A new report on the challenges facing the NHS and the provision of community services has revealed the urgent need for healthcare commissioners to invest in cost effective digital telecare services and applications.
NHS Providers’ State of the provider sector report, entitled ‘Community services: taking centre stage’ confirmed that technology has enabled “multiple interventions” to be carried out in the home or in community settings, which is essential to the integrity of healthcare provision as the population ages.
However, the report sets out how community services are struggling to meet demand as budgets decline. It further highlights that the majority (three quarters) of community care providers in England are worried that investment will fail to deliver services closer to home for patients in the next five years.
Tom Morton, CEO of telecare specialist Communicare247, said digital telecare services which enable people to stay in their homes longer as well as save commissioners cash were essential to overcoming the community care crunch facing England.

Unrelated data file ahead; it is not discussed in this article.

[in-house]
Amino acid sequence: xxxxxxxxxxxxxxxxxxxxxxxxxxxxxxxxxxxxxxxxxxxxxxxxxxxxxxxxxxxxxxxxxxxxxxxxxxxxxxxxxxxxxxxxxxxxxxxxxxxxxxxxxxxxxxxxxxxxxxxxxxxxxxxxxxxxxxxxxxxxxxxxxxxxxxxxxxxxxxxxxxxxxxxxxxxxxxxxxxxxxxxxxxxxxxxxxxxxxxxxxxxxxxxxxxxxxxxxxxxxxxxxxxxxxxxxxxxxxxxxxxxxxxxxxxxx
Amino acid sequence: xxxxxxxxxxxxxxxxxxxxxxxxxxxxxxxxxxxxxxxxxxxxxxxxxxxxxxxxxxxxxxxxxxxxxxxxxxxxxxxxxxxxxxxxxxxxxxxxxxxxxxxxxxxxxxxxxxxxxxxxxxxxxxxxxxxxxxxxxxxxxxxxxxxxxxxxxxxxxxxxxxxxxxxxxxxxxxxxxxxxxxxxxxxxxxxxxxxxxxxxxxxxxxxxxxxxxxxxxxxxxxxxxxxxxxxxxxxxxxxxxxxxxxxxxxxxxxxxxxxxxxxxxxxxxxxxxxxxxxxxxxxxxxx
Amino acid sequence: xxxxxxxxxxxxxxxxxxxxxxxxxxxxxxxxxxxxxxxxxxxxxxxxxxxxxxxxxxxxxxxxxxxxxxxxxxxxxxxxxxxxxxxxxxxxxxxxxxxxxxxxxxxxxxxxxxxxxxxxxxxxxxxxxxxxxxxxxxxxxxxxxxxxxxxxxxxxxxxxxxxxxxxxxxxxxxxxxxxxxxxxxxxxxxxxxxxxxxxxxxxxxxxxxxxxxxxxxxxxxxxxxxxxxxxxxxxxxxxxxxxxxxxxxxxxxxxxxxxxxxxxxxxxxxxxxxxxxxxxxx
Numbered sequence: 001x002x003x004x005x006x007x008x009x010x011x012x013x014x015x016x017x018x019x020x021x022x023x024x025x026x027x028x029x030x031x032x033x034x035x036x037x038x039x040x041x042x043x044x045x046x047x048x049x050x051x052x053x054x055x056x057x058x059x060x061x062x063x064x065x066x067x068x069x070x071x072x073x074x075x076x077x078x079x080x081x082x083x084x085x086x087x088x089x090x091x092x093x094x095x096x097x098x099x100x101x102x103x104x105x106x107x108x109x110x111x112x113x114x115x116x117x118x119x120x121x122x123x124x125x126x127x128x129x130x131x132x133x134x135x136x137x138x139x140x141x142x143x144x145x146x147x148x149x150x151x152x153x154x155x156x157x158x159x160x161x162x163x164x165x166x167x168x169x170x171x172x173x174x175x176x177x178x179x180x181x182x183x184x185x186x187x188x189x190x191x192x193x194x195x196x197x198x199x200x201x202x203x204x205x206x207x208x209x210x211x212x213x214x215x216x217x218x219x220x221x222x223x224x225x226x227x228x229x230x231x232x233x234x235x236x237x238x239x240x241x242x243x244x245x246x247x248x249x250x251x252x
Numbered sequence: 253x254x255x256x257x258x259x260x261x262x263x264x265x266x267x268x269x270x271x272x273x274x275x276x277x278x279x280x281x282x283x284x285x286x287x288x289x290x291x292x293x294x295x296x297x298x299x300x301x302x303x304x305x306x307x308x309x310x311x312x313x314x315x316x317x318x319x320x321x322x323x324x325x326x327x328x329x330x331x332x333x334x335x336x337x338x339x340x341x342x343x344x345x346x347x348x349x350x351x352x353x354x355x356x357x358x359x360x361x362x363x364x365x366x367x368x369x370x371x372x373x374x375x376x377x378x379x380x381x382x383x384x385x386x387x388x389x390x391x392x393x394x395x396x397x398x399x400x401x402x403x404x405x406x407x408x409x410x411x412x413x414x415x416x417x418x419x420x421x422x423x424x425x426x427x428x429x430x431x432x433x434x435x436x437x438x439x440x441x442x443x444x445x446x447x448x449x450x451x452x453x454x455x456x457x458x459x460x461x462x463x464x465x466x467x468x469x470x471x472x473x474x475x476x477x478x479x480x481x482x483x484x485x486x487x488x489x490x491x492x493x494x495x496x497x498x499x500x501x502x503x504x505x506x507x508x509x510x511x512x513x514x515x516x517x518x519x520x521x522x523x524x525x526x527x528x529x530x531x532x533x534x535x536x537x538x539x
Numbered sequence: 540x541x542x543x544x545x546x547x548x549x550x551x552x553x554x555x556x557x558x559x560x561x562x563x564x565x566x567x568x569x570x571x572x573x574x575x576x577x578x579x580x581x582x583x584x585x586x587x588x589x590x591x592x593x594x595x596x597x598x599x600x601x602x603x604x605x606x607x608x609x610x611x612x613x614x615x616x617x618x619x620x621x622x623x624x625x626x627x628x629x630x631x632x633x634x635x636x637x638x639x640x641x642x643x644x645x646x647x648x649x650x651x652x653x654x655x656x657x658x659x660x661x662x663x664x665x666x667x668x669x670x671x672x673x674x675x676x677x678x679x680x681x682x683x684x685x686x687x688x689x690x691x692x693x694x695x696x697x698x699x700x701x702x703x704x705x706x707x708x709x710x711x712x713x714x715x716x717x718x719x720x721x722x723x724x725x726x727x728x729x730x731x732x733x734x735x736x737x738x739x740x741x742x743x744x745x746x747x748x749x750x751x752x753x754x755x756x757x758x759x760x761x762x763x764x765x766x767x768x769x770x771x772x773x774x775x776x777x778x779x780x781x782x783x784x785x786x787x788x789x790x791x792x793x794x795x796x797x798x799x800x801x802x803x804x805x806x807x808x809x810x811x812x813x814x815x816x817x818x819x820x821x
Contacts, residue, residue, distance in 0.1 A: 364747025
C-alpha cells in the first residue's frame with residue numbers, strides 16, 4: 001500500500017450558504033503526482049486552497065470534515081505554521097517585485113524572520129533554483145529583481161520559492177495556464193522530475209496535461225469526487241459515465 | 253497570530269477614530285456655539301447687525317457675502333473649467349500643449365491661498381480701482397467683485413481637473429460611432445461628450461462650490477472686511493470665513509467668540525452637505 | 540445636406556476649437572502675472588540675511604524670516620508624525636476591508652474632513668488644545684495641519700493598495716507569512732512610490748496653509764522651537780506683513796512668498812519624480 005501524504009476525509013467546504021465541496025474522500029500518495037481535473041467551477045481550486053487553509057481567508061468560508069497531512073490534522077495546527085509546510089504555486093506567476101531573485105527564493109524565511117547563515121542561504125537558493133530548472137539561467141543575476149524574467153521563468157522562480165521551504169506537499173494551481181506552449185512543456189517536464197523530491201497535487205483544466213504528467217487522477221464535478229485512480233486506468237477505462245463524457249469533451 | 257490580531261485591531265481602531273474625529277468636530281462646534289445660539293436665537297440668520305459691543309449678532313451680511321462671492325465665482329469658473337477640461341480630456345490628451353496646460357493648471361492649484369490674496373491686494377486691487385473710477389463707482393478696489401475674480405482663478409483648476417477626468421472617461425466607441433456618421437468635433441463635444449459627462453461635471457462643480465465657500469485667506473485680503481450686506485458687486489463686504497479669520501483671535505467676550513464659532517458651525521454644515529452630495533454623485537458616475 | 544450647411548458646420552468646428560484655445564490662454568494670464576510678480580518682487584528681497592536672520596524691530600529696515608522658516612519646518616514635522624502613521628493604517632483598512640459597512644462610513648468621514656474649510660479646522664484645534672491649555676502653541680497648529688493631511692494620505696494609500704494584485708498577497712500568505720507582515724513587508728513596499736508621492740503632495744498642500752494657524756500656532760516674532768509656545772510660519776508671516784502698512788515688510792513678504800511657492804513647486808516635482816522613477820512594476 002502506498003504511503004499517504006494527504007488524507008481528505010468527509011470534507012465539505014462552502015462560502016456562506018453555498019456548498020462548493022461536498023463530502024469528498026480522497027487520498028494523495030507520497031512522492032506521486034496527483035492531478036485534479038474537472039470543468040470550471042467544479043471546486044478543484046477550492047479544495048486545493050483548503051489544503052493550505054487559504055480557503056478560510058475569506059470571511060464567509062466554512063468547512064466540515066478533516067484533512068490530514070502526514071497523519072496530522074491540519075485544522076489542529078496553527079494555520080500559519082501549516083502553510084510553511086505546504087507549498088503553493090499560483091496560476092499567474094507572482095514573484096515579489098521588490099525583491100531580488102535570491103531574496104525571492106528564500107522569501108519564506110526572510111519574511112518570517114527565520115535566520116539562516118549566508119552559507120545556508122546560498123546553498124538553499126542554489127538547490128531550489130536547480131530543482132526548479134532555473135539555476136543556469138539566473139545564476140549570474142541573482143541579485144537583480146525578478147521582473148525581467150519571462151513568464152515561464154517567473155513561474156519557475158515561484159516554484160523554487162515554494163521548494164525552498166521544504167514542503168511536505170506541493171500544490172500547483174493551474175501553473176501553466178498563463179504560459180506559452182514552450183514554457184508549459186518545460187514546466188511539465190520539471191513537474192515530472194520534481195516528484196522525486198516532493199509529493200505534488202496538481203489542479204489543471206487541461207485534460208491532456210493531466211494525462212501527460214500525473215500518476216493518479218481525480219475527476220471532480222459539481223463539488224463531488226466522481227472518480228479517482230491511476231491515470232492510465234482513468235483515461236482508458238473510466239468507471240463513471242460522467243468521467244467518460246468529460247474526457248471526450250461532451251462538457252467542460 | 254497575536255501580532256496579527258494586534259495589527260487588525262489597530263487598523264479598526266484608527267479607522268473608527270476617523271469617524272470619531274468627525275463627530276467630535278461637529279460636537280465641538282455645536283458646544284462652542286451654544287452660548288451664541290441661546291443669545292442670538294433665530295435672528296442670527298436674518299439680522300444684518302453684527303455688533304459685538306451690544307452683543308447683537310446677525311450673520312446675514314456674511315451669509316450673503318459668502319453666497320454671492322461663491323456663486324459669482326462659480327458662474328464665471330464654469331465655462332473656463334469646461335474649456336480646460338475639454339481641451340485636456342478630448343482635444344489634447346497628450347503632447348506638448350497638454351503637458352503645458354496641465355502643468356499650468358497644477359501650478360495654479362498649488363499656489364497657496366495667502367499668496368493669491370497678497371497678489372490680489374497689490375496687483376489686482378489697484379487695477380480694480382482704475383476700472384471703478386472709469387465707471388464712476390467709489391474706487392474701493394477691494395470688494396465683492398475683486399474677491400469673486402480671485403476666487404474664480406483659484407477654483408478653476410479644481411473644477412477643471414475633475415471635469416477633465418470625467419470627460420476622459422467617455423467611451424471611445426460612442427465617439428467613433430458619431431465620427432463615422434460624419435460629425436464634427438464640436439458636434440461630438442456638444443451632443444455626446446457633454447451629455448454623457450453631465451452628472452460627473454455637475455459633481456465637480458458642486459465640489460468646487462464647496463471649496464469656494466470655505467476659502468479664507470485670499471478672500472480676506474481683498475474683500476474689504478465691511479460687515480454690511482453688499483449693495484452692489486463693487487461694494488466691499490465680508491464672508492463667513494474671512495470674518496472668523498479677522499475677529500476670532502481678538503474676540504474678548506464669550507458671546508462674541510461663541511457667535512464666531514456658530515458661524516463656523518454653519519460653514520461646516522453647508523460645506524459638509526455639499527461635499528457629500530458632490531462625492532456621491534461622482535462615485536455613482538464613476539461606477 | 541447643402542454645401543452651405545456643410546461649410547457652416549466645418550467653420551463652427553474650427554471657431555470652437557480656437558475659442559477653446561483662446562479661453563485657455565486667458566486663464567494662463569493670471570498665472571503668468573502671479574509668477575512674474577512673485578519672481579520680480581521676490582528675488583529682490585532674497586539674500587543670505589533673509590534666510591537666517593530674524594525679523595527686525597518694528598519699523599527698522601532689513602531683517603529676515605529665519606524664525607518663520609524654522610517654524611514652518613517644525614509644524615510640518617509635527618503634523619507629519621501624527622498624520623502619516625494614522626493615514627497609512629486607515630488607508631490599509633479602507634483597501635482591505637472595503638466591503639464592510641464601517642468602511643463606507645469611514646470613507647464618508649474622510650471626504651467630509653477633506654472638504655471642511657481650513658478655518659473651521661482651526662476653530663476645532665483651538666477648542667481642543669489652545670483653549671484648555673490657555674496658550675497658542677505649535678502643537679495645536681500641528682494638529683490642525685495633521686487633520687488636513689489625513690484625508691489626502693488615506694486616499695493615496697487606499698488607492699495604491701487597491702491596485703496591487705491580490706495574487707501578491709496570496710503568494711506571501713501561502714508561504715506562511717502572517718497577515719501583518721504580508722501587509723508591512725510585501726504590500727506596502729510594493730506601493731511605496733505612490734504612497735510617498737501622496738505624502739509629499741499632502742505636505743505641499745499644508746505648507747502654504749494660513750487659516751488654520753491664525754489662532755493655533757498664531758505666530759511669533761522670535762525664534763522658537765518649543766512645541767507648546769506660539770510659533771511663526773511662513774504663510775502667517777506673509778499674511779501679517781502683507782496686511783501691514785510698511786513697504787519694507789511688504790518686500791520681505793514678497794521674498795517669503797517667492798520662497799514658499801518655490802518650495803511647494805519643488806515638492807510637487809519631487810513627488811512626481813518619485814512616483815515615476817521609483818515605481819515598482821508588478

He said: “We welcome the report from NHS Providers which sets out in stark terms the damage that the lack of adequate support for people in their homes can cause.
“According to the report, a person aged 80 who spends ten days in a hospital bed adds ten years of ageing to their muscles, which makes their ability to live independently that much harder.
“Demographic trends for the UK population are undeniable. The NHS and community care commissioners must act now to ensure that robust systems of telecare and tele-healthcare that deliver improved patient outcomes are put into use. The report found that 91% of health care trusts expect the gap between funding and demand to widen significantly just in the next year.
“Not only this, but there is an urgent issue facing telecare service providers as the UK telephone network switches to digital. Existing systems are at risk and need to be modernised to deal with future requirements as soon as possible.
“We urge commissioners to plan and invest now in digital and technology-enabled care services such as 24-7 mobile monitoring, digital pill dispensers and other ‘hospital@home’ support systems. These are available, tested and deliver improved patient outcomes by ensuring people can leave hospital and get the care they need at home.”